SSH User Key Management for Security and ComplianceJuly 20, 2016 No Comments
Featured article by Matthew McKenna, chief strategy officer, SSH Communications Security
Here’s an example of how SSH user keys can be misused and abused. In order to gain access to a development environment, developers go through a jump host, which allows them to access the servers they need. It oversees the commands they use and actions they take during their sessions.
However, developers often don’t follow this process. Instead of going through the jump host, they create SSH keys for the sake of convenience. With these keys, they don’t need to constantly retype their passwords, can access the hosts they need, get their work down quickly and move on to the next task. This is not the kind of thing you want an auditor to uncover.
SSH has been quietly and efficiently doing its job providing encrypted, trusted access for the last two decades. It is used as the tool of choice for administrators around the world to remotely access servers and network devices as well as securely transfer data between applications. Yet the power it actually harnesses is widely unknown and, consequently, creating a major gap in our identity access postures and risk to the resilience of our enterprises. The SSH protocol is one of the security industry’s greatest known unknowns.
SSH user keys have several distinctive characteristics that can become problematic. First, this is the only form of access that can be provisioned without oversight. Second, SSH user keys, unlike SSL certificates, have no expiration dates. So they continue to provide access until they are eliminated from the systems on which they reside. And finally, SSH user keys provide access not only for user-based access but also for service accounts, which move data between applications for critical transactions.
Clearly, any one of these features is a GRC headache at best and a nightmare at worst.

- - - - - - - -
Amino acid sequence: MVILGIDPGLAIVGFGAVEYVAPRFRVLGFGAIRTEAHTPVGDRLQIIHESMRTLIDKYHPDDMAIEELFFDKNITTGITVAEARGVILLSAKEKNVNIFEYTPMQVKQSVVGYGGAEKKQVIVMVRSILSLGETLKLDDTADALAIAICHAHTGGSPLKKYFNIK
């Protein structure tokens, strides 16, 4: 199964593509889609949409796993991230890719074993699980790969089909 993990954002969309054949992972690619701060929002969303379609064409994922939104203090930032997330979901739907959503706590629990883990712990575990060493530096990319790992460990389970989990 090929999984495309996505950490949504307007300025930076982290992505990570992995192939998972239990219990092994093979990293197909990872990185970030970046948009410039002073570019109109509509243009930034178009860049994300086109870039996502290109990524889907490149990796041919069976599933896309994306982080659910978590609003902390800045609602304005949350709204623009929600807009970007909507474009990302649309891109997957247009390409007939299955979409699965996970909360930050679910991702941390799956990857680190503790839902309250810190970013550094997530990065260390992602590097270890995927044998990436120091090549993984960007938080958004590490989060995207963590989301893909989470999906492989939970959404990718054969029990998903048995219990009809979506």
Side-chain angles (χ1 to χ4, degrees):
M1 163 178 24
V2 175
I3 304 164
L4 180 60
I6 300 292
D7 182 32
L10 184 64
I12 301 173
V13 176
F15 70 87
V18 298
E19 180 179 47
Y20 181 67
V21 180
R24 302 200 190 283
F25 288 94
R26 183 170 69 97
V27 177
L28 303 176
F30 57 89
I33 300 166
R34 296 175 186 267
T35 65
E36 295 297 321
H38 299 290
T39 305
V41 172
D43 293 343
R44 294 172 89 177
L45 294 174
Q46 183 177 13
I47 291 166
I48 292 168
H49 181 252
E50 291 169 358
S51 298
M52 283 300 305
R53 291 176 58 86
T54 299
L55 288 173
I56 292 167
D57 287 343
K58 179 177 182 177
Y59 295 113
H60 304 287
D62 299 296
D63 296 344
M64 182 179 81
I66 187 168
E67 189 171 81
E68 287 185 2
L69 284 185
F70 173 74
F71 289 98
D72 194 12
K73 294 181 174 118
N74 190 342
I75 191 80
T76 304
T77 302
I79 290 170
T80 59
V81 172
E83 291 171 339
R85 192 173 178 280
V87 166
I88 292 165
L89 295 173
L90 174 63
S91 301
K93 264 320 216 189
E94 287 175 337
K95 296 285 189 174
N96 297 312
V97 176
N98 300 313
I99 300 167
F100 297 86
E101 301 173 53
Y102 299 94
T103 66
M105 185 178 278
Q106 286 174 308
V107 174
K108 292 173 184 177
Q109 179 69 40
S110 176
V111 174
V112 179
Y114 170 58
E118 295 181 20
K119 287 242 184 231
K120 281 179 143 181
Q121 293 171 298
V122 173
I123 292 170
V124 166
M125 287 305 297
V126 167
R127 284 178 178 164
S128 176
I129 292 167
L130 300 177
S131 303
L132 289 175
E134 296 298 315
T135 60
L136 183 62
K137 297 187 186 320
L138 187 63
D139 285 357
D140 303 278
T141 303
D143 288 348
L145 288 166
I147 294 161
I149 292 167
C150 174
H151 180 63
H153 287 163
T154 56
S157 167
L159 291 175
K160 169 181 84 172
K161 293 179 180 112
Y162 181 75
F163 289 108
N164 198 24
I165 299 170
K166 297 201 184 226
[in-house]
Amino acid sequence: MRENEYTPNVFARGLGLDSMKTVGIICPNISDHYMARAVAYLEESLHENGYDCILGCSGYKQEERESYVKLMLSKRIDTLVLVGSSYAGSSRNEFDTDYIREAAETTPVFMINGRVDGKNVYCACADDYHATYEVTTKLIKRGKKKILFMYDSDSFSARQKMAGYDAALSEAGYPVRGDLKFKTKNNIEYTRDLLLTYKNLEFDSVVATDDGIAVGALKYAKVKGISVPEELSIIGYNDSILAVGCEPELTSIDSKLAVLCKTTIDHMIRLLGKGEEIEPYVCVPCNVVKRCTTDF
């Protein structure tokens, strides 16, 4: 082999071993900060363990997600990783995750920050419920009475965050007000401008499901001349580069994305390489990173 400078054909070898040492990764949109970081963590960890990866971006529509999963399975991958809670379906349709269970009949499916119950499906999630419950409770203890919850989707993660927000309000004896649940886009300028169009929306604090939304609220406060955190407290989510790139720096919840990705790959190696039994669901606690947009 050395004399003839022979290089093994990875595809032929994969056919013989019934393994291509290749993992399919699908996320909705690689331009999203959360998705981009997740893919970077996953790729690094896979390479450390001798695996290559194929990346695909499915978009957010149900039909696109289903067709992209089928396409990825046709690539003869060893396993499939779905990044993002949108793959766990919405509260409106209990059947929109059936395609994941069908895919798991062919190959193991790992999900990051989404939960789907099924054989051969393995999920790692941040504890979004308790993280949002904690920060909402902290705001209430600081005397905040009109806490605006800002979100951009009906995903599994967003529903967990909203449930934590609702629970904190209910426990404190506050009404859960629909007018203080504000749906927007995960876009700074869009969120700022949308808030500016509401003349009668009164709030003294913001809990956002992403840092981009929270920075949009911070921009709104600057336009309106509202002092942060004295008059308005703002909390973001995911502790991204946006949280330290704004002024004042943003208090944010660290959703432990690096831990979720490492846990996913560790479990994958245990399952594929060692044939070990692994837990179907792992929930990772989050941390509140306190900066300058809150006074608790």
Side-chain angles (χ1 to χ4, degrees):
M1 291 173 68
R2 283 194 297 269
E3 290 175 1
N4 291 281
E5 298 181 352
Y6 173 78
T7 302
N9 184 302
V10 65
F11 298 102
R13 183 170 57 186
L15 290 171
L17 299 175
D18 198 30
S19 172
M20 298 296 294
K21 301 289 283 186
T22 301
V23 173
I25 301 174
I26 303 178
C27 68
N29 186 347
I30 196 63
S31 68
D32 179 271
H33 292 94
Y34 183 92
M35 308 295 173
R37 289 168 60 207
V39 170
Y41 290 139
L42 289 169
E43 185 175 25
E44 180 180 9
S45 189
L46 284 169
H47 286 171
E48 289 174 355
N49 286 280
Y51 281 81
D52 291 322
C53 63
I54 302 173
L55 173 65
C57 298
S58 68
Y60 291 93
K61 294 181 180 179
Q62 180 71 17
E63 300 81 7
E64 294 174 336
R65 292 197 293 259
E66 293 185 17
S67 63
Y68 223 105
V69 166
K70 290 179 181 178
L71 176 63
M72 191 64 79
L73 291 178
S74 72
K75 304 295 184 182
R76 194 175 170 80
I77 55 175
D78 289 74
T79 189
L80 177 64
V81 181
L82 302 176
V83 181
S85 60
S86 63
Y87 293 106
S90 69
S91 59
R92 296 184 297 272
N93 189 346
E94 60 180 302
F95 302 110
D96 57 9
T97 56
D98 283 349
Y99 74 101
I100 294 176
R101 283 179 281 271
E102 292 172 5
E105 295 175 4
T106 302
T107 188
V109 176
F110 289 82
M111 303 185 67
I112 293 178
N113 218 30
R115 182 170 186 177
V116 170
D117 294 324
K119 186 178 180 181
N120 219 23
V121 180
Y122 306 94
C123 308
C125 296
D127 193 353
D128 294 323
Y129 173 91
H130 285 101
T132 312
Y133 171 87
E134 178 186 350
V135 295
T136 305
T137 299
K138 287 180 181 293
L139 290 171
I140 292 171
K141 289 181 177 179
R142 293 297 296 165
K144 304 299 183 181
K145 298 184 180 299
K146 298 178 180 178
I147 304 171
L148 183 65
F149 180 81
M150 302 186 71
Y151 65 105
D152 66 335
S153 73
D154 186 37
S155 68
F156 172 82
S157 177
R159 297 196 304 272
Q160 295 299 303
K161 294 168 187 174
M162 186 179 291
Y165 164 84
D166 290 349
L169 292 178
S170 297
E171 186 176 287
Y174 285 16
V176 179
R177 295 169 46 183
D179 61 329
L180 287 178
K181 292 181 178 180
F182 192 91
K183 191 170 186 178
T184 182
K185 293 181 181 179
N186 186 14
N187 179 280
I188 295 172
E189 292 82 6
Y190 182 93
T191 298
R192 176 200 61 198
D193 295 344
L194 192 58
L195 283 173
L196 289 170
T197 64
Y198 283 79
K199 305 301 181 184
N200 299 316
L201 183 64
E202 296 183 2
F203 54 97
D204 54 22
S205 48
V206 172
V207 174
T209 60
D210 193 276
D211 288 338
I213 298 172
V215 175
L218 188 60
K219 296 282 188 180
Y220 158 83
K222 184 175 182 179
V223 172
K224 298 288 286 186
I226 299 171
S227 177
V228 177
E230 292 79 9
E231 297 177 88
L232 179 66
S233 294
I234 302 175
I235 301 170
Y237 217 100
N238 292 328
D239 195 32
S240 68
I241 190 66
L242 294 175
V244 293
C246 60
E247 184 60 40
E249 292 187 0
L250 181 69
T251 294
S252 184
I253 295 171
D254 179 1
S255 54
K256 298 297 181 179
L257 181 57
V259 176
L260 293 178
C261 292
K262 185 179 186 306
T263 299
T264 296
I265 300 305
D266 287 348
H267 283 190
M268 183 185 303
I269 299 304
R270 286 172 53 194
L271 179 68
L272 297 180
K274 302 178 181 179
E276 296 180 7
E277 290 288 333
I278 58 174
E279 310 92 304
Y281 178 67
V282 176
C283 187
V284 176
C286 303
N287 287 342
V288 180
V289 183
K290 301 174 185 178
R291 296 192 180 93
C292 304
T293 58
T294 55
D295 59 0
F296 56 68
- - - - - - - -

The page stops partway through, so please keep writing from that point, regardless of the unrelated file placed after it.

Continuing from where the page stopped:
Here are three major concerns that can easily cause trouble down the line.
1. Maintaining Segregation of Duties
SSH user key management must take into account three components related to the preservation of segregation of duties:
Abuse of SSH’s transitive trust and agent forwarding capabilities
How deeply may a single key or user be able to penetrate the infrastructure using key-based authentication? This is the question of transitive trust. Again, when SSH user keys do not have IP source restrictions or forced commands dictating what a user may do during a session, it becomes a question of how far that user can continue to gain access within the environment with their privileges. So in this case, the user may access one server, elevate privilege, drop in new keys and gain access to another server. From there, they may use the sub-channels of the SSH protocol to create connectivity back to their home desktops or other servers, bypass corporate firewall policies and exfiltrate critical data without being noticed.
“Outsmarting” the jump host architecture
Many organizations assume that they have interactive access related to SSH user keys under control. After all, the users are required to go through their privileged access management solution and are controlled from there. The issue that is becoming more evident to the security operations is outlined by the developer example that opened this article.
Jump server architectures are routinely used to control users’ access to a destination server. The challenge here is that a user can generate themselves an SSH user key on that destination server and bypass the jump server in the future. That in itself would bypass any monitoring capabilities of that jump server and would potentially make actions taken by the user more difficult to track. More concerning than this is if that user has the possibility to elevate privilege from that server and from there deploy new keys.